HILLSBOROUGH: More diplomacy needed in North Korea standoff

To the editor:
   In late 2011, Kim Jong-un became the head of state of North Korea following the death of his father, Kim Jong-il.
   A poor economy, terrible foreign relations, nuclear exploration, militarization, human right’s controversies, and a cult of personality in his homeland characterized Kim Jong-il’s rule and his oppressive dictating style. He is remembered in America for his eccentric and unpredictable actions, and many had hoped that the new leader of North Korea would be open to social and military reform within the country.
   This high hope seems to have been dashed during the last few months of Kim Jong-un’s rule. Amid recent and constant threats of nuclear attacks, how concerned should we, as U.S. citizens, be about our safety?
   While it is clear that North Korea can manufacture and test nuclear equipment and weapons, there is little indication whether they have the technology to accurately fire these warheads a substantial distance. In other words, we have no idea how far the North Korean weapons can reach.
   Conflicting reports have littered the airways, leaving most Americans very confused and quite concerned. The Defense Intelligent Agency has recently reported that they believe that North Korea can manufacture nuclear weapons that are small enough to be delivered over large distances.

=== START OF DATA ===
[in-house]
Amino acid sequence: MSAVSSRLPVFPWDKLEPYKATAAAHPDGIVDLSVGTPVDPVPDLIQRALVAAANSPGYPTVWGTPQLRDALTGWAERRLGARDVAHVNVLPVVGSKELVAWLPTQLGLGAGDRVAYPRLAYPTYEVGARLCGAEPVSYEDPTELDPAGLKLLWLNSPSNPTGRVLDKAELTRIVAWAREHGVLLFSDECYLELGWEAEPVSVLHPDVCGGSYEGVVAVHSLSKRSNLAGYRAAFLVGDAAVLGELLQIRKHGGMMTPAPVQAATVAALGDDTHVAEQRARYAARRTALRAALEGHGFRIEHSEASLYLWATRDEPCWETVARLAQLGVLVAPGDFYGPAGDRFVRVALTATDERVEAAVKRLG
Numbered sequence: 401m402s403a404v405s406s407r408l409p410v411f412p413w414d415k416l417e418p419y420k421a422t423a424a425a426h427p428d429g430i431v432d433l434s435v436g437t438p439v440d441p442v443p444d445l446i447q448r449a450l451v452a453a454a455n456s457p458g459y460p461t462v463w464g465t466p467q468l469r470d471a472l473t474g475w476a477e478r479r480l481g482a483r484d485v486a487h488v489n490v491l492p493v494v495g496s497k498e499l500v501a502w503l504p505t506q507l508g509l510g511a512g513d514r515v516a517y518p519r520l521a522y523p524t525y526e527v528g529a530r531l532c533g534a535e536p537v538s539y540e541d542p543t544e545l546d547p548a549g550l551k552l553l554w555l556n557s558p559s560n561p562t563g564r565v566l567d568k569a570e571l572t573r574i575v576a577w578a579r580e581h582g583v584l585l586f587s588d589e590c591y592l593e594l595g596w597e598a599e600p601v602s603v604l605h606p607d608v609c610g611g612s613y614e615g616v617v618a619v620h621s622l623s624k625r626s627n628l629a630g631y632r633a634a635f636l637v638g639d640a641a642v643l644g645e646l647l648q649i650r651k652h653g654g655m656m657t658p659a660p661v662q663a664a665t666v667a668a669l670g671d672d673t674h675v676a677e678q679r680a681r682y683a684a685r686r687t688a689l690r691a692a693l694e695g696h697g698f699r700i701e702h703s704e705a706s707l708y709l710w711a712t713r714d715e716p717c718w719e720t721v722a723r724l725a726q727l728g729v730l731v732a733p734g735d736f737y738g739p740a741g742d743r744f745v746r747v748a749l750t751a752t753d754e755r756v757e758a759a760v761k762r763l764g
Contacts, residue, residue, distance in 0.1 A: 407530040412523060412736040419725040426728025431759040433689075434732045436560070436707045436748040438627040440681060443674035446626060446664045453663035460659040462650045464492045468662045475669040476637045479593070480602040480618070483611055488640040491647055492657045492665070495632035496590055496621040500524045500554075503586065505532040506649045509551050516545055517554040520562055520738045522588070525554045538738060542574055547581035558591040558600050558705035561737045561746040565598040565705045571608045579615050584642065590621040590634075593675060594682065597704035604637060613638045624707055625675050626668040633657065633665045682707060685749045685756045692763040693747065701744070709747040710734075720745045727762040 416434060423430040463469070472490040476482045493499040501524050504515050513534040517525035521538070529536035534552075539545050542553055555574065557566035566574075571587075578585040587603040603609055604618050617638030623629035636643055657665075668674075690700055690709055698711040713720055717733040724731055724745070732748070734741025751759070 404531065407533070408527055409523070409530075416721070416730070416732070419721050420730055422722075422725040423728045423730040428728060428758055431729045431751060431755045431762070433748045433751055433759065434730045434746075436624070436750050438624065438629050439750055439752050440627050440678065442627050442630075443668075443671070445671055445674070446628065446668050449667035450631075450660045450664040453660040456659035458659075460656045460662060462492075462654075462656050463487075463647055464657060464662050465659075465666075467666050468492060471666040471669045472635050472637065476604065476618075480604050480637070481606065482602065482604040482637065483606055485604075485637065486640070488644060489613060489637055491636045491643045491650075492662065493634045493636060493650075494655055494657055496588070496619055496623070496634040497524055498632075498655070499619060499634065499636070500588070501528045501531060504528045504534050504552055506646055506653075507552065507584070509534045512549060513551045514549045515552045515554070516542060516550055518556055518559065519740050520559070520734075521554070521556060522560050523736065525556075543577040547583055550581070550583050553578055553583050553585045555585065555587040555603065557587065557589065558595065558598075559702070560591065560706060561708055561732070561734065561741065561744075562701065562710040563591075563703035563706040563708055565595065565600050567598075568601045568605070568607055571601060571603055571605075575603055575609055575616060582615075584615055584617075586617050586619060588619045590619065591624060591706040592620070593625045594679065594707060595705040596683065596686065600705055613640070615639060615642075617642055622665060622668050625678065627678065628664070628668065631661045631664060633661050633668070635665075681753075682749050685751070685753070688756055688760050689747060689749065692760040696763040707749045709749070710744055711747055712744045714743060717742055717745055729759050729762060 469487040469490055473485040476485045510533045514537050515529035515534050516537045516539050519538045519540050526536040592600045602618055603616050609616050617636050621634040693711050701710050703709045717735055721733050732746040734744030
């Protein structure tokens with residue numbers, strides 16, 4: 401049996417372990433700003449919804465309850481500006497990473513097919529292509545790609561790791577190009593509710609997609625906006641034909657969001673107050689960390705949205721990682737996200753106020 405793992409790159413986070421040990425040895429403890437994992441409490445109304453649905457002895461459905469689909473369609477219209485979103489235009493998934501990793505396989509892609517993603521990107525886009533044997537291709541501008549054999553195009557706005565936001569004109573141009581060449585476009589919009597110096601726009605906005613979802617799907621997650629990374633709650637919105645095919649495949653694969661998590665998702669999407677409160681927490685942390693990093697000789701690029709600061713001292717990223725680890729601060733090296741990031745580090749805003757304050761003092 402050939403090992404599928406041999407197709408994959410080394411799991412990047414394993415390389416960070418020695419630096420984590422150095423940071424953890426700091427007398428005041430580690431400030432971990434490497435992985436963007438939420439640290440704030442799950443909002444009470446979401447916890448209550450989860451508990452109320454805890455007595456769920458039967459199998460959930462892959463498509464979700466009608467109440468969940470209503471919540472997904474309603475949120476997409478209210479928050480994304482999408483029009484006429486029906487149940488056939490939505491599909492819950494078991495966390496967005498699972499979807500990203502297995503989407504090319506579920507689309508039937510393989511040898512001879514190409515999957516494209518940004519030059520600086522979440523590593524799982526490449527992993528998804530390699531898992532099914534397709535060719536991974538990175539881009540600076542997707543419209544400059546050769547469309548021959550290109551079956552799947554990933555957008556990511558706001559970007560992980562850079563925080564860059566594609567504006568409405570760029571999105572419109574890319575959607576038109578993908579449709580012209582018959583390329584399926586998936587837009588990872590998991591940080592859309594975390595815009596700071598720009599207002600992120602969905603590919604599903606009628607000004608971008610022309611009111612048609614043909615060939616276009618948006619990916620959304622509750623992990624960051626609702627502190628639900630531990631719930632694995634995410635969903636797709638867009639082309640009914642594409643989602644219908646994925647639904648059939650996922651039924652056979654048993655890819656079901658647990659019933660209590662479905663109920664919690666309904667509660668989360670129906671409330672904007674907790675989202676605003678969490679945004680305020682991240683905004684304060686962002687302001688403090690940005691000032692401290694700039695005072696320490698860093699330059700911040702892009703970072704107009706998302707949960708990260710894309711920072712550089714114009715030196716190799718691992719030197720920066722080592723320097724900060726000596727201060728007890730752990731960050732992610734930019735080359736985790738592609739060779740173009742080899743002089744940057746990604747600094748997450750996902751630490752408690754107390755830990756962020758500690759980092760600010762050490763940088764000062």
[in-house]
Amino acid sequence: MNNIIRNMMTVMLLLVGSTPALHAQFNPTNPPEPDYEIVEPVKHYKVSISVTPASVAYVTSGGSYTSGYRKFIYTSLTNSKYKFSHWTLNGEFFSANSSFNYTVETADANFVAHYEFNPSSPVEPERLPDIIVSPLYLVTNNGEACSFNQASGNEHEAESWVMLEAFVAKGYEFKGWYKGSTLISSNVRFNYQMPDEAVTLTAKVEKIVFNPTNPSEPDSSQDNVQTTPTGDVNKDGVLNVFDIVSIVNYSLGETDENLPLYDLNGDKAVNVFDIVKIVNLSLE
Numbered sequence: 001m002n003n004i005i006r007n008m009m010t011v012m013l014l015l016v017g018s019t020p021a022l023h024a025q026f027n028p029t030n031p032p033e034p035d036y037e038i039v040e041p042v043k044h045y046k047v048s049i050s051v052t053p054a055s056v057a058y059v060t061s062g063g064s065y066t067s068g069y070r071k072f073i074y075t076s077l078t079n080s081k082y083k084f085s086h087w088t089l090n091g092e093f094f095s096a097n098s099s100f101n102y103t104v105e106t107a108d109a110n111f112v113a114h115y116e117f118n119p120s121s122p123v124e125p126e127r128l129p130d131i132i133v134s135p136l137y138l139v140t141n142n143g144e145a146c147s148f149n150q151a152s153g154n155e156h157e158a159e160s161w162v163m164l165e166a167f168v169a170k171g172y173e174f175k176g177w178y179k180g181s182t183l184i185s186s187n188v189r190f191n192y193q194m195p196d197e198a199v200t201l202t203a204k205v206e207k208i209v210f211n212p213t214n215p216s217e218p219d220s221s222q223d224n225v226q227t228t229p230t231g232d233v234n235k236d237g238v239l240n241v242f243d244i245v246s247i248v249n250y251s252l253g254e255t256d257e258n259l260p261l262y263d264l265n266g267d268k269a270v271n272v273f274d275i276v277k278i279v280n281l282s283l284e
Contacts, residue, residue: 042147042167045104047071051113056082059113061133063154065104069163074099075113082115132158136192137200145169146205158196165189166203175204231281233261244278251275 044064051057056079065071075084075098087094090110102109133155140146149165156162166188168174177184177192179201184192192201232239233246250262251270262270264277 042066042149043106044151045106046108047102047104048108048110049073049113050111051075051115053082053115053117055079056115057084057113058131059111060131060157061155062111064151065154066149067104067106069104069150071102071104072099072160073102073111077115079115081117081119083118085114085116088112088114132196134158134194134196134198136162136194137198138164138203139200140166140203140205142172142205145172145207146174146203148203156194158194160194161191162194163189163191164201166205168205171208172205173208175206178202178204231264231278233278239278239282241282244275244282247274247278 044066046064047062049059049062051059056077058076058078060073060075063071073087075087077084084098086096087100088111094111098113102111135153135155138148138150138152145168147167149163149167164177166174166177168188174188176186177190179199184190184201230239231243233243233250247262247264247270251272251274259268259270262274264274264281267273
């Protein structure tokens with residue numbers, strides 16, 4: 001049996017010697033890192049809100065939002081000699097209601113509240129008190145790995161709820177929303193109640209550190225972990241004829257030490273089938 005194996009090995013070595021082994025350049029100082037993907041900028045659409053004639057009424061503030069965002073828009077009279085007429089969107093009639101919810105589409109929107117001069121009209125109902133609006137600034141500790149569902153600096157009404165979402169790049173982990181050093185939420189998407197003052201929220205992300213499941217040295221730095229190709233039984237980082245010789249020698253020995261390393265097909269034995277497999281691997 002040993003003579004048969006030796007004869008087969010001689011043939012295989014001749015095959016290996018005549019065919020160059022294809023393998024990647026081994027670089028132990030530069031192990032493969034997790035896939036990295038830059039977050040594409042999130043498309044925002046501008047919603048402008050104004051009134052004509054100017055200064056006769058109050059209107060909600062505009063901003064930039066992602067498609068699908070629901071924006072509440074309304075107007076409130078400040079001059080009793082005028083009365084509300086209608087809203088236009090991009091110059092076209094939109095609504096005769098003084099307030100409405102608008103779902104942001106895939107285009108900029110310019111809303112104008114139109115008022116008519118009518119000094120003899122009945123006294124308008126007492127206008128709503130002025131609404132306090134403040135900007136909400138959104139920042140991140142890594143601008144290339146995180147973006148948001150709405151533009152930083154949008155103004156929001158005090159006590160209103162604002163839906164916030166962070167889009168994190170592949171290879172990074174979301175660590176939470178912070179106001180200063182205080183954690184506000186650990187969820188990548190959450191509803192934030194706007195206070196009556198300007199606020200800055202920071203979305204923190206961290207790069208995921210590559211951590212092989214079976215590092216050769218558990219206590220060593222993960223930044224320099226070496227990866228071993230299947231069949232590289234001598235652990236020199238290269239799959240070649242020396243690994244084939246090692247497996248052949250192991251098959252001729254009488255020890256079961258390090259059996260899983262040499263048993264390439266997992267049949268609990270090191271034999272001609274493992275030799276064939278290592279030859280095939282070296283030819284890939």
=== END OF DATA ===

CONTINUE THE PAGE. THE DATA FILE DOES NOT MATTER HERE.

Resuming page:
Secretary of State John Kerry has recently stated that to assume that North Korea could transport such devices would be “inaccurate.”
   It is difficult to say whether the U.S. or its allies face any real threat. North Korea, however, continues to threaten America (and, even more specifically, Tokyo) with nuclear attacks, if necessary. Most officials agree that a nuclear strike is unlikely and even impossible at this point, yet this information comforts very few.
   An unstable and inexperienced leader of an oppressive dictatorship, with nuclear expectations, should not be taken lightly. The United States and other influential and affected allied powers should do much more to open communication with North Korea and settle international and North/South Korea relations.
James Boland